I say: It is important to remember that Mr. Khan is not the first to remind us that Muslim warriors have fought and died in service to this country. During the 2008 campaign, former Secretary of State and former Chair of the Joint Chiefs of Staff Colin Powell called attention to this fact when he endorsed Barack Obama. Powell criticized the anti-Muslim rhetoric of the GOP. The idea that Obama was a Muslim and that this somehow disqualified him from the presidency was an ugly aspect of the GOP campaign. Powell said that Obama was not a Muslim but he also asked: “What if he is?” Powell told the story of another Muslim soldier named Kareem Rashad Sultan Khan who died in Iraq at the age of 20. (http://www.bing.com/videos/search?q=colin+powell+endorses+barack+obama+2008&view=detail&mid=D315BCC92A4E2EDE4F05D315BCC92A4E2EDE4F05&FORM=VIRE)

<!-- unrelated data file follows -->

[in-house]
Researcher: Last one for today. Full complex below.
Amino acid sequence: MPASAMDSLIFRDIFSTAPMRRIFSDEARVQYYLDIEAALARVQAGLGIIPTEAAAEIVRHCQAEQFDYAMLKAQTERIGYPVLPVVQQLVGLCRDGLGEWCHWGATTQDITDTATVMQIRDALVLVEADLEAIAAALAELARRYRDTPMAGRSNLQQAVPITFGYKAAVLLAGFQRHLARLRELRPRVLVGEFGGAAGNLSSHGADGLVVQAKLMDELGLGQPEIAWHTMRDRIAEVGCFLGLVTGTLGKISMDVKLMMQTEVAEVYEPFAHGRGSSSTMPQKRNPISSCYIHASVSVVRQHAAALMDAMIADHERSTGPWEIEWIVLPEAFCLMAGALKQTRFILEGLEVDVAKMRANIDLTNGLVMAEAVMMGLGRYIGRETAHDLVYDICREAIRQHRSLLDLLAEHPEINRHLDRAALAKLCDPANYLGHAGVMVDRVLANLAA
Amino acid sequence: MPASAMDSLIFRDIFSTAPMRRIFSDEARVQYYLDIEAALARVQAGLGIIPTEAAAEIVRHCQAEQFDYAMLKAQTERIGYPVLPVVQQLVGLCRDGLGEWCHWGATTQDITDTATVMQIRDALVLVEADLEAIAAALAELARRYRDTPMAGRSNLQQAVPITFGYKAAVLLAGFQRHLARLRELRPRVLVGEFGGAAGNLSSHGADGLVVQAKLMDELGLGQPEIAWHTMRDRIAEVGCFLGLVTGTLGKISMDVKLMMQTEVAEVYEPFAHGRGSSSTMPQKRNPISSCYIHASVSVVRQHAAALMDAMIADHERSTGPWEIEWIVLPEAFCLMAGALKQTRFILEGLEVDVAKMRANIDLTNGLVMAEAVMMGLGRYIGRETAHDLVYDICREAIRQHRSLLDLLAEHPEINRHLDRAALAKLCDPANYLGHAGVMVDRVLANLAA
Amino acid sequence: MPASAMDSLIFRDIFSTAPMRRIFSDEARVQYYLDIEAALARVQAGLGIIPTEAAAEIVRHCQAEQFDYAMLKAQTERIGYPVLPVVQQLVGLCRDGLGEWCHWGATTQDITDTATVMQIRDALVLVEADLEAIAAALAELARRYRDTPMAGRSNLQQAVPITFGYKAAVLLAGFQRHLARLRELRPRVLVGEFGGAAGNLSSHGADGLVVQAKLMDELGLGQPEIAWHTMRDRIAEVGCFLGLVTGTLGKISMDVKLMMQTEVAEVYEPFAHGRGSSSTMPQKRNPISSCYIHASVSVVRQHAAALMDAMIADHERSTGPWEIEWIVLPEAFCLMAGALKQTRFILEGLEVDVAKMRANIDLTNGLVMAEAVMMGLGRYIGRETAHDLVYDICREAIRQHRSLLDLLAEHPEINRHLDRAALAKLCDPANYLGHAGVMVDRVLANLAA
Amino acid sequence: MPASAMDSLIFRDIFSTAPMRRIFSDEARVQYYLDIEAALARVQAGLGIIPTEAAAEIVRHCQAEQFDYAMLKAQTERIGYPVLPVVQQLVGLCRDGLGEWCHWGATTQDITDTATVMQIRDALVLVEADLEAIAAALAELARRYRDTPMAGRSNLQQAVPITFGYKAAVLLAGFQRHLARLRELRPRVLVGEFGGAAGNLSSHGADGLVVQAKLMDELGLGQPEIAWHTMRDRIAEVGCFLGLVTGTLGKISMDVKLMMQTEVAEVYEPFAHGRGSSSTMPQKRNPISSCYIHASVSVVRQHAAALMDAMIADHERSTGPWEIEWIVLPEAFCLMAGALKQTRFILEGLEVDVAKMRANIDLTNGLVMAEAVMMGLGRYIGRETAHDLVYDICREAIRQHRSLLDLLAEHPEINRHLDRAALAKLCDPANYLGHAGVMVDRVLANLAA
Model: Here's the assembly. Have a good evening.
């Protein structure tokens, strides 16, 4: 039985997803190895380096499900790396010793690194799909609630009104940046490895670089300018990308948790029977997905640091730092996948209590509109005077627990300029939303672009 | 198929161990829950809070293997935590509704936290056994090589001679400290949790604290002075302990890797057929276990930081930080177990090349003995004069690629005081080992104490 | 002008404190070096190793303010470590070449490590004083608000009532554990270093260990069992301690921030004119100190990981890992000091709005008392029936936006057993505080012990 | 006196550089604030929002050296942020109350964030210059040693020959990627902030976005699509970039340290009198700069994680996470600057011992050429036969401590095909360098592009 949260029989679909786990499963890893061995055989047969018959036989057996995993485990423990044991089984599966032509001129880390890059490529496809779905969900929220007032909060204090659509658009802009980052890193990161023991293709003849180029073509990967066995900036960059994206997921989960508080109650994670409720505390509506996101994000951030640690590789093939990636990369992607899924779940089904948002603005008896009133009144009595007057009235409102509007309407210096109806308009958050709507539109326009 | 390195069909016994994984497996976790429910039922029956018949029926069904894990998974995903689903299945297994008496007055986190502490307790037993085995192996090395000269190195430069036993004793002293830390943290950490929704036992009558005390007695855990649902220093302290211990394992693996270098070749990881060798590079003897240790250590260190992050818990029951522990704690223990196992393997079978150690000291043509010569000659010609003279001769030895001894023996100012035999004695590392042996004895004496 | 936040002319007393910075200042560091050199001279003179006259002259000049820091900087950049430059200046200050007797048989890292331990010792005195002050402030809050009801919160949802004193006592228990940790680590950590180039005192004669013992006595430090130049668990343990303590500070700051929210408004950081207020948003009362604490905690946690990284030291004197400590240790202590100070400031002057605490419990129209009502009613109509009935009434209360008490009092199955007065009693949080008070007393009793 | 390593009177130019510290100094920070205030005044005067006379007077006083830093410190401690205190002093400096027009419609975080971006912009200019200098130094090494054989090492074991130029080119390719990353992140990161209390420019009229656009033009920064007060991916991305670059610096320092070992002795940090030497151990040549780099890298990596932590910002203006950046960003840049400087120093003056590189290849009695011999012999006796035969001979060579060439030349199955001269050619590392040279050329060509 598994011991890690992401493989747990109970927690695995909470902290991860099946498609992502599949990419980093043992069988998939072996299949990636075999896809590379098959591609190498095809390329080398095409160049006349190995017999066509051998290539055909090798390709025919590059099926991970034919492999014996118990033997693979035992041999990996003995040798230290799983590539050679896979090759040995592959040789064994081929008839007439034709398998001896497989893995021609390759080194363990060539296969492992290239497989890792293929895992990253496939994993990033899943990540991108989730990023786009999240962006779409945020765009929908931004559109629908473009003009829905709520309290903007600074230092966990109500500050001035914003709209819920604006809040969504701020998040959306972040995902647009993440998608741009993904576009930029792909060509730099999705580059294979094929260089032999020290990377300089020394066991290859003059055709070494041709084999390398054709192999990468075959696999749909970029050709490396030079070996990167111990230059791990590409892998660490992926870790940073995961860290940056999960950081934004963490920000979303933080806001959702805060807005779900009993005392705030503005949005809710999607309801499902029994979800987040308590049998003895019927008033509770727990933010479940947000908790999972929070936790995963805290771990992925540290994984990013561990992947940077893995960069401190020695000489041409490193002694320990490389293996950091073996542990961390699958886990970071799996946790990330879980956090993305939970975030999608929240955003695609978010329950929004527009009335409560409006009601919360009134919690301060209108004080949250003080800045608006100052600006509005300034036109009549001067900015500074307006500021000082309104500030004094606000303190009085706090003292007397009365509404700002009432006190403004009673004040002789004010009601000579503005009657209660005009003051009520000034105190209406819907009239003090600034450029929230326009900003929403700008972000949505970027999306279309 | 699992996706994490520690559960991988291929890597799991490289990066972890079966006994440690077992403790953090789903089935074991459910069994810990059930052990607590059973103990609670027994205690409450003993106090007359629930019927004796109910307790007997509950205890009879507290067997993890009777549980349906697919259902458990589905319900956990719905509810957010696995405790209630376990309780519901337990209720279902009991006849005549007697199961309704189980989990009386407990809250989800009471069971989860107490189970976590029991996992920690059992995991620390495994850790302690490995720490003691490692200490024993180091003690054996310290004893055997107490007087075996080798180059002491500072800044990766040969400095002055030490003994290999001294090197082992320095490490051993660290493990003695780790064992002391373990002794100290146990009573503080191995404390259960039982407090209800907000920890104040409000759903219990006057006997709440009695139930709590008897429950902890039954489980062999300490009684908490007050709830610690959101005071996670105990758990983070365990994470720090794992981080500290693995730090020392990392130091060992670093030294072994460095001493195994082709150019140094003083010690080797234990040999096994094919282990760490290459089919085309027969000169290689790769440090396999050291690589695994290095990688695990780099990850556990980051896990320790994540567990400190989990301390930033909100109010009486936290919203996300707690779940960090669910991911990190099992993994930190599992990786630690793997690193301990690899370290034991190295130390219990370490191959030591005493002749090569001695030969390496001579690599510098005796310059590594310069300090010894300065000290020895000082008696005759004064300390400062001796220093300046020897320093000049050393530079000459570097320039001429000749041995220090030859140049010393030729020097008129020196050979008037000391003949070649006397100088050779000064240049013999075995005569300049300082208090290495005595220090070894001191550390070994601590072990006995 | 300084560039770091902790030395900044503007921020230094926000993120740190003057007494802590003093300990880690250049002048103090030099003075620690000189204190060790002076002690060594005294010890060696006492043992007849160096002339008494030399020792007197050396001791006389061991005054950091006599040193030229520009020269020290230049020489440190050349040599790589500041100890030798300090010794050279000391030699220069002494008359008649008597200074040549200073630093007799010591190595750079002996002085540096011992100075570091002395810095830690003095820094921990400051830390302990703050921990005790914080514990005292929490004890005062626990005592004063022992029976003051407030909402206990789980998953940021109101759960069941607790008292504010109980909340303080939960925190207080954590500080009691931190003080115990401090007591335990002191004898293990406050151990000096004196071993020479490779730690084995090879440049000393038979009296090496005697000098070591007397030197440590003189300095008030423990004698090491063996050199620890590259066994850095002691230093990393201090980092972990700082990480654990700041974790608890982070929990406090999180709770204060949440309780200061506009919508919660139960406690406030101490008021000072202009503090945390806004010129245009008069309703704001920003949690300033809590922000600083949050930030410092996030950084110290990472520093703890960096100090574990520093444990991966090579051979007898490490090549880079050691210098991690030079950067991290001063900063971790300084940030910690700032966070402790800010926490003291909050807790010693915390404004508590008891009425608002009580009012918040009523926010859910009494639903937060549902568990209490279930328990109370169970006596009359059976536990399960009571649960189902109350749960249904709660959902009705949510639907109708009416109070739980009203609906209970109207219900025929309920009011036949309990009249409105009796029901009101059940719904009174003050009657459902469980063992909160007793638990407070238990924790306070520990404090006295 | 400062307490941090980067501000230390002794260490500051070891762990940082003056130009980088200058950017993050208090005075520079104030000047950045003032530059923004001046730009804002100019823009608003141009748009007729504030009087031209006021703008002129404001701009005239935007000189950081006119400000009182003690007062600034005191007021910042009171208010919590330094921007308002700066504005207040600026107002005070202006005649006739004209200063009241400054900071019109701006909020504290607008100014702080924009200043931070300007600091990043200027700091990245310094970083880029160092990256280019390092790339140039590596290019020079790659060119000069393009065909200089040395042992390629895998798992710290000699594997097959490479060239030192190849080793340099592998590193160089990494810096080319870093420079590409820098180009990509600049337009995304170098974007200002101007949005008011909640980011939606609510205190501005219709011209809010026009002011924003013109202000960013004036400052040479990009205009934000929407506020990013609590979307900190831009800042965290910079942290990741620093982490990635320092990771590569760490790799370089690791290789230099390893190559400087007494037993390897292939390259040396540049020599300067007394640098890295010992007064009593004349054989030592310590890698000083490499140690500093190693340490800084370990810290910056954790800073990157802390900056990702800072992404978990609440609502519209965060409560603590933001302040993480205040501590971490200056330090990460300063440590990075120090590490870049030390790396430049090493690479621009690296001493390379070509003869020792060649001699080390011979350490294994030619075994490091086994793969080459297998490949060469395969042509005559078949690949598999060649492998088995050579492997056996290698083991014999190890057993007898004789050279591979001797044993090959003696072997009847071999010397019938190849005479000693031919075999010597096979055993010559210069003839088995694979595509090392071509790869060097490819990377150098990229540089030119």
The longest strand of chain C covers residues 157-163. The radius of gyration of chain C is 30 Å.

So, Donald Trump and his divisive rhetoric did not spring full grown and fully armed from the head of the Republican Party. He is the full grown fully armed result of years of GOP racist and hateful rhetoric that the party leaders have quietly tolerated. In the days since his remarks before the Democratic National Convention, Mr. Khan has called on leaders of the GOP to repudiate Trump. Most who support Trump continue to support him while they try to distance themselves from his comments regarding the Khans.

Trump’s response to the Khans and the craven response by most GOP leaders who continue to endorse Trump for president is beyond the pale of decency. And the truth is not silent. It rings loud and clear and will not be denied.